Background: Mitochondrial neurogastrointestinal encephalomyopathy (MNGIE) is a rare autosomal recessive disorder caused by mutations in TYMP gene, encoding nuclear thymidine phosphorylase (TP). MNGIE mainly presents with gastrointestinal symptoms and is mostly misdiagnosed in many patients as malabsorption syndrome, inflammatory bowel disease, anorexia nervosa, and intestinal pseudo-obstruction. Up to date, more than 80 pathogenic and likely pathogenic mutations associated with the disease have been reported in patients from a wide range of ethnicities. The objective of this study was to investigate the underlying genetic abnormalities in a 25-year-old woman affected with MNGIE. Case presentation: The patient was a 25-year-old female referred to our center with the chief complaint of severe abdominal pain and diarrhea for 2 years that had worsened from 2 months prior to admission. The clinical and para-clinical findings were in favor of mitochondrial neurogastrointestinal encephalomyopathy syndrome. Subsequent genetic studies revealed a novel, private, homozygous nonsense mutation in TYMP gene (c. 1013 C > A, p.S338X). Sanger sequencing confirmed the new mutation in the proband. Multiple sequence alignment showed high conservation of amino acids of this protein across different species. Conclusion: The detected new nonsense mutation in the TYMP gene would be very important for genetic counseling and subsequent early diagnosis and initiation of proper therapy. This novel pathogenic variant would help us establish future genotype-phenotype correlations and identify different pathways related to this disorder.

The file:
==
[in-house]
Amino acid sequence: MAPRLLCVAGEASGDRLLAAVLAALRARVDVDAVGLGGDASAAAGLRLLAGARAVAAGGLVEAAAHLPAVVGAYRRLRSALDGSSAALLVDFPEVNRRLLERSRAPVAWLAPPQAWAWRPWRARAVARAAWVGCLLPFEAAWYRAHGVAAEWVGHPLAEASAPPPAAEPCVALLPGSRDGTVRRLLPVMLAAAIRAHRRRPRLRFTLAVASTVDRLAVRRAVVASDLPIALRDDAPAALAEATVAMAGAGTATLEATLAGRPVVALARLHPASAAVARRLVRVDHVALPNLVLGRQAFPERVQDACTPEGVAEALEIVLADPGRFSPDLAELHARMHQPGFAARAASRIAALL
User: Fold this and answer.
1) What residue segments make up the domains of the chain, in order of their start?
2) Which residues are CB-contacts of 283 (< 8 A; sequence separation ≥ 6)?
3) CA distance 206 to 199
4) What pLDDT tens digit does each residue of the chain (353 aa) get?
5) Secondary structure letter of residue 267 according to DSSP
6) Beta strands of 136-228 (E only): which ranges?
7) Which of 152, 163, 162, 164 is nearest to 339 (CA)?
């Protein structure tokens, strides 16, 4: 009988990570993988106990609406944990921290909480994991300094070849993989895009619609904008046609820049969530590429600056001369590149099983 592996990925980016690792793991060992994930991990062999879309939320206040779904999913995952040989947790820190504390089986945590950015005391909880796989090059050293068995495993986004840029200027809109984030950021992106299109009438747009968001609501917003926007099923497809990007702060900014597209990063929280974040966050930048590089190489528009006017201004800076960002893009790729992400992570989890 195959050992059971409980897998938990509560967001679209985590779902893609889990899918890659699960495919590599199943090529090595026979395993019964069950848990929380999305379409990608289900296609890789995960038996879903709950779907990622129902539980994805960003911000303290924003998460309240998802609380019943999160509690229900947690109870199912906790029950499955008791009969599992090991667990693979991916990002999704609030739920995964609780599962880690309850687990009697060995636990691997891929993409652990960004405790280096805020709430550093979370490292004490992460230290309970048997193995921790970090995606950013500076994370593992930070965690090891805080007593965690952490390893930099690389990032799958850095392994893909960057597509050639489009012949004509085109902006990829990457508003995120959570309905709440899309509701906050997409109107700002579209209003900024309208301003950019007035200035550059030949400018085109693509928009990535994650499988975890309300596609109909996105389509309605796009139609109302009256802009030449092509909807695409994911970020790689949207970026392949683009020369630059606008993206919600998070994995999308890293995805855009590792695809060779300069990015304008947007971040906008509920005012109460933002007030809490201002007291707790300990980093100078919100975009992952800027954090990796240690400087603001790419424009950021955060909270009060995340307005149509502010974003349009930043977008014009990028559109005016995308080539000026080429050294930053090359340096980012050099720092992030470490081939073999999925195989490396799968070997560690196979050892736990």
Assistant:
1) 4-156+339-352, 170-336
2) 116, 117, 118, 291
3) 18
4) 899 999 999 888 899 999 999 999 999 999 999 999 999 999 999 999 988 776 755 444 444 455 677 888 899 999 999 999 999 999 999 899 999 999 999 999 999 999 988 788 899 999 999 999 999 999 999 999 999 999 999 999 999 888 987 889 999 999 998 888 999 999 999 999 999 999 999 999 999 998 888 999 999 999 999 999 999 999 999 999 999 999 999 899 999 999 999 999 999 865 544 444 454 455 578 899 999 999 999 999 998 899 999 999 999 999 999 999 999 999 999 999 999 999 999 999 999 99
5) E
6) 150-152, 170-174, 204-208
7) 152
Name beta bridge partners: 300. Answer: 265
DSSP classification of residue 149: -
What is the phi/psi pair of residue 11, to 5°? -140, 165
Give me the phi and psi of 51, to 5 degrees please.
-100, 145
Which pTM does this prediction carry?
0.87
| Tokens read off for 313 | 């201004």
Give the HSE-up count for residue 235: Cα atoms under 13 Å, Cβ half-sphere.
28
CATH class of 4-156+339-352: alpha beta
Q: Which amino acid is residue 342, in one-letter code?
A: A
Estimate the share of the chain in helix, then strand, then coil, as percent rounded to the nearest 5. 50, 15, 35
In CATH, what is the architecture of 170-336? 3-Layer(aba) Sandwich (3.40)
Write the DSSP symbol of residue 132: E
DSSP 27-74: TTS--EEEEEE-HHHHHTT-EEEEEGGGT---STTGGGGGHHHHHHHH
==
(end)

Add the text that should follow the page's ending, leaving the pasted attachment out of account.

- Codon, nonsense
- Mitochondrial diseases
- Mitochondrial neurogastrointestinal encephalomyopathy syndrome
ASJC Scopus subject areas